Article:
It's already been a frenetic year in politics. With the presidential primaries finally over, many congressional contests are now getting under way.
Under the radar, outside groups are already working to influence the elections.
On June 1, for example, at least eight independent advertisers bought 161 ad slots, costing roughly $60,000. The ads ran the day the Democratic Party's Rules and Bylaws Committee settled the fight over convention delegates, and two days before a pair of Senate primaries.
All of the advertising was monitored by the Campaign Media Analysis Group. CMAG's Chief Operating Officer Evan Tracey said $60,000 was bargain-basement shopping in "some very small states with very inexpensive media markets, so on a per-spot basis, it's not all that expensive."
So who was on the air... and why?
A group known as Coloradans for Economic Growth is promoting Bob Schaffer, a Republican Senate candidate and former congressman. Their ad touts what they called Schaffer's support of renewable energy.
"America is working to find new sources of energy. Bob Schaffer is making it a priority," the ad says.
The ad names Schaffer four times in 30 seconds. But like almost all of the ads here, it sidesteps some legal restrictions by not talking about him as a candidate.
Kathy Redmond, spokeswoman for Coloradans for Economic Growth, says the ad is about economic growth and energy policy.
"People can look at that and take it for what it is. It certainly wasn't anything like what the League of Conservation Voters did," she says.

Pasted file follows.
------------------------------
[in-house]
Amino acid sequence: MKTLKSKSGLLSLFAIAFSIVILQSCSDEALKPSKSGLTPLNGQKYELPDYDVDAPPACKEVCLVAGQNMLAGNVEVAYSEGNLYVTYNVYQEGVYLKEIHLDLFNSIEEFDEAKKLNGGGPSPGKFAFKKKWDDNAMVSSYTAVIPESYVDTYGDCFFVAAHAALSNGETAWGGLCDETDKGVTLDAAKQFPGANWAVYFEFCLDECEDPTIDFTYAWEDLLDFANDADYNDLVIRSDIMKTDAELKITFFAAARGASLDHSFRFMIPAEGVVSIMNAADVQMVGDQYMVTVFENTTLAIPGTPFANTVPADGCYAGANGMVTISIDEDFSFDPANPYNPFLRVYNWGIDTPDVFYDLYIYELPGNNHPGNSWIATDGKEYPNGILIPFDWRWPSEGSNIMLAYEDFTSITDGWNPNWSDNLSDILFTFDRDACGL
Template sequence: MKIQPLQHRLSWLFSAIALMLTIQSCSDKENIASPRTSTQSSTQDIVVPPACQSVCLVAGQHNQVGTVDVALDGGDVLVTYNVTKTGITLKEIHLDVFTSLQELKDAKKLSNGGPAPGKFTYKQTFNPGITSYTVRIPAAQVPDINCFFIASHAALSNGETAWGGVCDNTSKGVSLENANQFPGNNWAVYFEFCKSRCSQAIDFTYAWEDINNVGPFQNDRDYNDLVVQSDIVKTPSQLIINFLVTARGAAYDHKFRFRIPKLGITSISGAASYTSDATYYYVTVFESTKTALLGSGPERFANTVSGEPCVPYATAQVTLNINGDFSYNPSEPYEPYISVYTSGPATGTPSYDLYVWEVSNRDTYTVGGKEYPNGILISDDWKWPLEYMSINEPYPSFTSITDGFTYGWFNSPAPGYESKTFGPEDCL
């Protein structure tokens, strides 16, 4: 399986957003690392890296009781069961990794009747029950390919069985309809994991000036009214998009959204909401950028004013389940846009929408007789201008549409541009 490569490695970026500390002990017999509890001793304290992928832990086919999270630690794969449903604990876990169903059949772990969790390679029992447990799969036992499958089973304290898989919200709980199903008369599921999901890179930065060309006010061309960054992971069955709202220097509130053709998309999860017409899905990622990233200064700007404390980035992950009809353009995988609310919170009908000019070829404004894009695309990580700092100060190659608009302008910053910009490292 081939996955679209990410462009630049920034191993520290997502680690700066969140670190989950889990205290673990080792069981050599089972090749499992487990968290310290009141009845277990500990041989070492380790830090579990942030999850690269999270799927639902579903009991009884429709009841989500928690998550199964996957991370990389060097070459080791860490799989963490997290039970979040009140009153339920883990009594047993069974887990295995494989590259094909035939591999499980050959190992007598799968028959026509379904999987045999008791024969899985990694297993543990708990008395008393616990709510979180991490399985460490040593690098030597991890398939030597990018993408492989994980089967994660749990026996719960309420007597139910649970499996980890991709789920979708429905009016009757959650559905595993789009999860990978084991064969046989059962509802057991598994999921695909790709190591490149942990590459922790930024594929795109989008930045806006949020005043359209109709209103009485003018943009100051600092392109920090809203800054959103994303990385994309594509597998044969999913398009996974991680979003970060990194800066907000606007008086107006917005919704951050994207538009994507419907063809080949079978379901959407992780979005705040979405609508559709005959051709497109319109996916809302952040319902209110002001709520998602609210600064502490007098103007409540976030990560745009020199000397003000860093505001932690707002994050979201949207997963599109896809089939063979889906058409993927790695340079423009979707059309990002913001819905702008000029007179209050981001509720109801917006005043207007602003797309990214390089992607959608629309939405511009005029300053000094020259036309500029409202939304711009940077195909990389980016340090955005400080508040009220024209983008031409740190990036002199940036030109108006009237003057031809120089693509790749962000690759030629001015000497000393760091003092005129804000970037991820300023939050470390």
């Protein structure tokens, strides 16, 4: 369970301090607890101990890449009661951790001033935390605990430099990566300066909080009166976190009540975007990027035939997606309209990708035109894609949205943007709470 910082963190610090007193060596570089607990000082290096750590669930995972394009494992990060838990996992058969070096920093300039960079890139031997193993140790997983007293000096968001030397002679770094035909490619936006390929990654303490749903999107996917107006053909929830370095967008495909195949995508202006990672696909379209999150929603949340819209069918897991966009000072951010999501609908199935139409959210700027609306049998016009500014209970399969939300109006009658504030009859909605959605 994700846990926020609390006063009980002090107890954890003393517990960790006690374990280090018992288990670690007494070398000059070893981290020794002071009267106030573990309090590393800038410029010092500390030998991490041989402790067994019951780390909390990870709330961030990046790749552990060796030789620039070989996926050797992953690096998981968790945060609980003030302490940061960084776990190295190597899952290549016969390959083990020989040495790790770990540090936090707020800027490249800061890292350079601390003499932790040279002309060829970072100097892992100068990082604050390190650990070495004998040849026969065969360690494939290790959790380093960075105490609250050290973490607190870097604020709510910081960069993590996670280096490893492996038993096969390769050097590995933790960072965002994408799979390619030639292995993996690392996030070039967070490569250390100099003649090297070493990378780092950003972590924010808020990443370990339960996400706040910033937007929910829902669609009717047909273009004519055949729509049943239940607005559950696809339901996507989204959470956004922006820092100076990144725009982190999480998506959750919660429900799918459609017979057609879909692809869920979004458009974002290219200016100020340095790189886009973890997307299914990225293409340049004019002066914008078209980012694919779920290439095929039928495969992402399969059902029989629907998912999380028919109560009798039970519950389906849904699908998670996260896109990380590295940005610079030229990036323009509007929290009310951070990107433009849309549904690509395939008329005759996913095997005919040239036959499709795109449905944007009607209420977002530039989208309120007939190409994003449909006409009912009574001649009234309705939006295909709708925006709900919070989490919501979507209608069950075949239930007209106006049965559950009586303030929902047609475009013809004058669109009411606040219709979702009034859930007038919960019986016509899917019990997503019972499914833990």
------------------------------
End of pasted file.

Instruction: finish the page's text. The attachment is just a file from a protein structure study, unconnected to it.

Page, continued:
She is referring to an issue ad against Schaffer that began running June 1. The ad alleges that Schaffer has accepted campaign contributions from oil and gas companies and, in turn, voted in Congress to give them more than $13 billion in tax breaks. The League of Conservation Voters launched a door-to-door campaign along with the ad.
"We wanted to make sure we had that message out there in broadcast that we would also be conveying on the doors," says Tony Massaro, the group's political director.
But the biggest spender on June 1 wasn't trying to promote or sink any candidate.
Divided We Fail is a strange-bedfellows coalition of AARP, Business Roundtable, National Federation of Independent Business and Service Employees International Union. It wants to end gridlock in Washington.
"Enough is enough," its ad says. "Tell Washington to fix health care and ensure financial security for all. Visit DividedWeFail.org."
Divided We Fail had ads running in markets from Boise, Idaho, to Wheeling, W.Va. Its spokesman, Drew Nannis, says they are running the ads nationwide to "reach as many people as possible."
"And that means the small markets, in addition to the bigger ones. So I think that's a trend you're going to see continuing, at least for our campaign," he says.
Other groups were on the air, too: the Environmental Defense Fund, The Club for Growth and a group supporting Ron Paul for president.
One determined individual, a Chicago dentist named William DeJean, paid for ads to support former Democratic candidate and New York Sen. Hillary Clinton. "Tell the Democratic superdelegates to support Hillary Clinton. Paid for by William DeJean. Not authorized by any candidate or candidate's committee," the ad says.
DeJean says Clinton was treated unfairly. So he says he paid an ad company $20,000 to make a few ads and place them on TV. "You tell them what you want, and they make them up ... Montana, South Dakota ... I had them play 16 times in each state," he said.
Both presidential candidates want to tamp down the independent ads. They would rather get the money themselves and keep control of the message. But it's a fast-growing part of American politics, and CMAG's Evan Tracey says it's going in only one direction.
"When we get to Nov. 1, you're likely to have 80 groups activated and close to 80 times the amount of money being spent," he says.
That would include ads by some groups that don't even exist yet — delivering the sort of shock message a candidate would not dare touch.
Both sides are waiting.
This story includes reporting by the Center for Investigative Reporting.